TELLUS OPERATING GROUP, LLC, Appellant v. MAXWELL ENERGY, INC., Appellee.
MODIFIED OPINION ON MOTION FOR REHEARING
¶ 1. The motion for rehearing is granted. This Court's original opinion is withdrawn, and this opinion is substituted in lieu thereof. This case involves our appellate judicial review1 of an administrative executive board decision to determine if the Mississippi State Oil and State Oil and Gas Board (Board) decision is supported by substantial evidence.2
¶ 2. Maxwell Energy Inc. (Maxwell) filed an appeal in the Jefferson Davis County Chancery Court of an order of the Board that allowed the operator of a proposed oil and gas well, Tellus Operating Group LLC (Tellus),3 to charge statutory “alternate charges” to each “nonconsenting owner” of drilling rights, Maxwell included, who did not timely agree in writing to exercise one of its statutory options to participate in drilling a proposed unit well in search of oil and gas.4 The chancery court reversed the Board's order, finding that the Board's decision that Tellus offered Maxwell reasonable terms was unsupported by substantial evidence, and that Maxwell had in fact agreed in writing to participate in the drilling of the well.
¶ 3. The current procedural posture before this Court reflects that Tellus then appealed, raising the following issues: (1) whether the Board's finding that Tellus satisfied the statutory requirements for the “force integration” of Maxwell's interest with alternate charges by offering reasonable terms is supported by substantial evidence, and (2) whether the Board correctly rejected Maxwell's argument that Maxwell could avoid alternate charges by simply sending Tellus a check for its share of the costs to drill the well, rather than agreeing in writing to the reasonable terms that are required by statute. Tellus alleges that because substantial evidence existed to support the Board's order, this Court should reverse the decision of the chancery court and reinstate the Board's order.5
¶ 4. We acknowledge that the procedural history of this matter before the Board reflects that in September 2006, Tellus filed a petition with the Board to form a drilling unit to drill a new well, the Chianti Well No. 1 (Chianti Well), in Jefferson Davis County, Mississippi. Maxwell owned drilling rights involved with the drilling and operation of the well and drilling unit at issue, but Maxwell gave no consent to Tellus to drill or operate a well involving its interests and drilling rights. Tellus then asked the Board to form the drilling unit pursuant to Mississippi's force-integration statute, Mississippi Code Annotated section 53–3–7 (Rev.2003).6 Tellus also requested the Board to authorize Tellus to charge each nonconsenting owner the alternate charges that are allowed by subsection (2) of section 53–3–7.7 At the time Tellus filed its petition, the record reflects that the owners of approximately ninety-six percent of the drilling rights in the proposed drilling unit had agreed in writing to lease, to farm out, or to participate in the Chianti Well. However, Maxwell constituted a working-interest owner who had not agreed.8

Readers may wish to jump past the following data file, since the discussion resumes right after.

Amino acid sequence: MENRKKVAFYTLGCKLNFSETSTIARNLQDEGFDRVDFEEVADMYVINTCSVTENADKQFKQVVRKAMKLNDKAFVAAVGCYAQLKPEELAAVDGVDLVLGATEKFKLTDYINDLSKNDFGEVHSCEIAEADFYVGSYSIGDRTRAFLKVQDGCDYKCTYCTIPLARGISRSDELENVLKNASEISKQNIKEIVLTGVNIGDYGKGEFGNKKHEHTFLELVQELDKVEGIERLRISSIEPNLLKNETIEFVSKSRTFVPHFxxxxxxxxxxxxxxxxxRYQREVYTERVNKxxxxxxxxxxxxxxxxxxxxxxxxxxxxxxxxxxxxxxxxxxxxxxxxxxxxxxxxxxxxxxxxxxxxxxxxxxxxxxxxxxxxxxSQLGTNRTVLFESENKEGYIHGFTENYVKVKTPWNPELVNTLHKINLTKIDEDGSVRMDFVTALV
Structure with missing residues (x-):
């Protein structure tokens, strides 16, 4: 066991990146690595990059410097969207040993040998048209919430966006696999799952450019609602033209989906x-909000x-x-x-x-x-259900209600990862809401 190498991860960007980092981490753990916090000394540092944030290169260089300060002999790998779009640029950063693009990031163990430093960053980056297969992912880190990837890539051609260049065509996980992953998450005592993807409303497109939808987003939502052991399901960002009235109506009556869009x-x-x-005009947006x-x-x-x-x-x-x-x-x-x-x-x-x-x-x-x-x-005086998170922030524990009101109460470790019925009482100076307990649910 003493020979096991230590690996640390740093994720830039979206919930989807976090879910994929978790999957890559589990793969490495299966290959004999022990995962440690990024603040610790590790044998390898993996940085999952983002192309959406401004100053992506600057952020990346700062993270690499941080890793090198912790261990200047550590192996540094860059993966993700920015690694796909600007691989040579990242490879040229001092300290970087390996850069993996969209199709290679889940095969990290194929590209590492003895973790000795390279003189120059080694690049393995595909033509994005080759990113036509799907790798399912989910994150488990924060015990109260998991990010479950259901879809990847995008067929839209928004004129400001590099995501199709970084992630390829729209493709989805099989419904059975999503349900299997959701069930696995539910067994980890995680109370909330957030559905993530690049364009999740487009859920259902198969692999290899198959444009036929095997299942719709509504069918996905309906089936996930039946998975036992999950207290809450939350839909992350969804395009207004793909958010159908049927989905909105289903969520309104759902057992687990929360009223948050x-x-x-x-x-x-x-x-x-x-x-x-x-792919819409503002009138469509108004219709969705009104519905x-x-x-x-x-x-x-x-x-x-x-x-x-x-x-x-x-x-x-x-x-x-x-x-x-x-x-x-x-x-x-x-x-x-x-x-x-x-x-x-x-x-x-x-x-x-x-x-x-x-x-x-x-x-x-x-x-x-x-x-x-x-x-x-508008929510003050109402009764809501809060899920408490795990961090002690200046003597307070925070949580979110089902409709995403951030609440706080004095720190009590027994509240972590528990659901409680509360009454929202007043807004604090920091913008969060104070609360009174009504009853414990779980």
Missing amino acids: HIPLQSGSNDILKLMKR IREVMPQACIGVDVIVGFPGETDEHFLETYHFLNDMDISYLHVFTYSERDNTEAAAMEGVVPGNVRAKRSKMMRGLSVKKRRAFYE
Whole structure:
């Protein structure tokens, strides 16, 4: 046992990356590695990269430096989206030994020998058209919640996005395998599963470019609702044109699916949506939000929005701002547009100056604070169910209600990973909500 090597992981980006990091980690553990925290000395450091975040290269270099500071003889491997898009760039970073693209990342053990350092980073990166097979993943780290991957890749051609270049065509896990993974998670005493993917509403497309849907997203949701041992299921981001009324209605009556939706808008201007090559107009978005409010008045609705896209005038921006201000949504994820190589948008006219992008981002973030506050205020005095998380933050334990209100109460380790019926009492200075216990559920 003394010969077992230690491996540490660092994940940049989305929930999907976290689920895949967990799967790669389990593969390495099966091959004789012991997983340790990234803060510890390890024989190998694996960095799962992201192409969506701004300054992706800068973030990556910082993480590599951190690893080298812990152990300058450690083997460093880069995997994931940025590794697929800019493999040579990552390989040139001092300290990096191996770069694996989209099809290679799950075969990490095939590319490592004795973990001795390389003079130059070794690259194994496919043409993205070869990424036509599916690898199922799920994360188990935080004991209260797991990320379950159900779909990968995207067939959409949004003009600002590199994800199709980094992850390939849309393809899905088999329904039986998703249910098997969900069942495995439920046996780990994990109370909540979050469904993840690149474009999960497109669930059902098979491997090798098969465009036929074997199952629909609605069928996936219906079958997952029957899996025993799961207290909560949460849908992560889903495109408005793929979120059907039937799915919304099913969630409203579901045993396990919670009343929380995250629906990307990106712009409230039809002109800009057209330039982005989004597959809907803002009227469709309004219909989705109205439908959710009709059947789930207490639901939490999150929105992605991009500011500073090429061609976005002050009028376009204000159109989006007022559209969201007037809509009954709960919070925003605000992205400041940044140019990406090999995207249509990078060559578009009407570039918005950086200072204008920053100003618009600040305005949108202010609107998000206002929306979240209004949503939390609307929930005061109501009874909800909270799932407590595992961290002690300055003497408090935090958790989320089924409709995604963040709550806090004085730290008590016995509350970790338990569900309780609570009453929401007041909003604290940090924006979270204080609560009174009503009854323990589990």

¶ 5. The Board found that Tellus offered Maxwell reasonable terms. However, upon Maxwell's appeal of the Board's decision, the chancellor disagreed, finding the terms unreasonable and reversing the decision of the Board. Upon finding that the chancellor applied an erroneous standard of review, thereby resulting in an arbitrary decision, we find error in the chancery court's judgment, and we reverse and render. See Tex. Pac. Oil Co. v. Petro Grande Inc., 328 So.2d 660, 663 (Miss.1976) (appellate court will affirm where the Board's decision is supported by substantial evidence).
¶ 6. On September 15, 2006, Tellus filed a petition with the Board to “force integrate, with alternate charges, a drilling unit for a proposed gas well, approve an exception well and an exception location, and grant related relief [.]” Tellus asked the Board to form the unit by force integrating all owners and interests, charging each nonconsenting owner of drilling rights in the unit the “alternate charges” allowed by Mississippi Code Annotated section 53–3–7(2).
¶ 7. As required before assessing alternate charges against a nonconsenting owner, and before Tellus filed its petition with the Board, Tellus notified Maxwell by letter of the information required by section 53–3–7(2)(a) and offered the three following statutory options that are prescribed by section 53–3–7(2)(a)(v): a written agreement to lease out on reasonable terms, or to farm out, or to participate in the cost and risk of developing and operating the proposed unit well. The participation offer was for an owner to sign an operating agreement and authority for expenditure (AFE). The operating agreement offered to Maxwell was a standard industry form agreement addressing not only costs chargeable for drilling and operating, but other matters such as liability, royalties, taxes, and such.
¶ 8. Maxwell contested Tellus's petition to assess alternate charges, and Maxwell took the position that Tellus failed to offer reasonable terms or negotiate in good faith. Maxwell asked that the Board not allow Tellus to charge Maxwell interest with any alternate charges. More specifically, on October 10, 2006, Maxwell filed a notice of contest of Tellus's petition with the Board, alleging that Tellus failed to negotiate with Maxwell in good faith and asking the Board to remove Maxwell's interest from any alternate charges.
¶ 9. The Board heard Tellus's petition at its October 2006 meeting. Tellus presented evidence and two witnesses in support of its petition. D.W. Maxwell, the owner of Maxwell Energy, testified in opposition, but he did not offer any exhibits into evidence, nor did he call any other witnesses. Following the hearing, the Board entered an order on November 1, 2006, which granted Tellus's petition and determined that the evidence presented at the hearing established that Tellus satisfied all of the statutory requirements of section 53–3–7(2) to force integrate the unit and to allow Tellus to charge Maxwell and any other nonconsenting owners with statutory alternate charges recoverable out of production, if any.9 The order concluded by stating:
Each non-consenting owner shall be afforded the opportunity to participate in the development and operation of the [w]ell in the pooled unit as to all or any part of said owner's interest on the same cost basis as the consenting owners by agreeing in writing to pay that part of the costs of such development and operation chargeable to said non-consenting owner's interest, or to enter into such other written agreement with the operator as the parties may contract, provided such acceptance in writing is filed with the Board within twenty (20) days after this [o]rder is filed for record with the Board.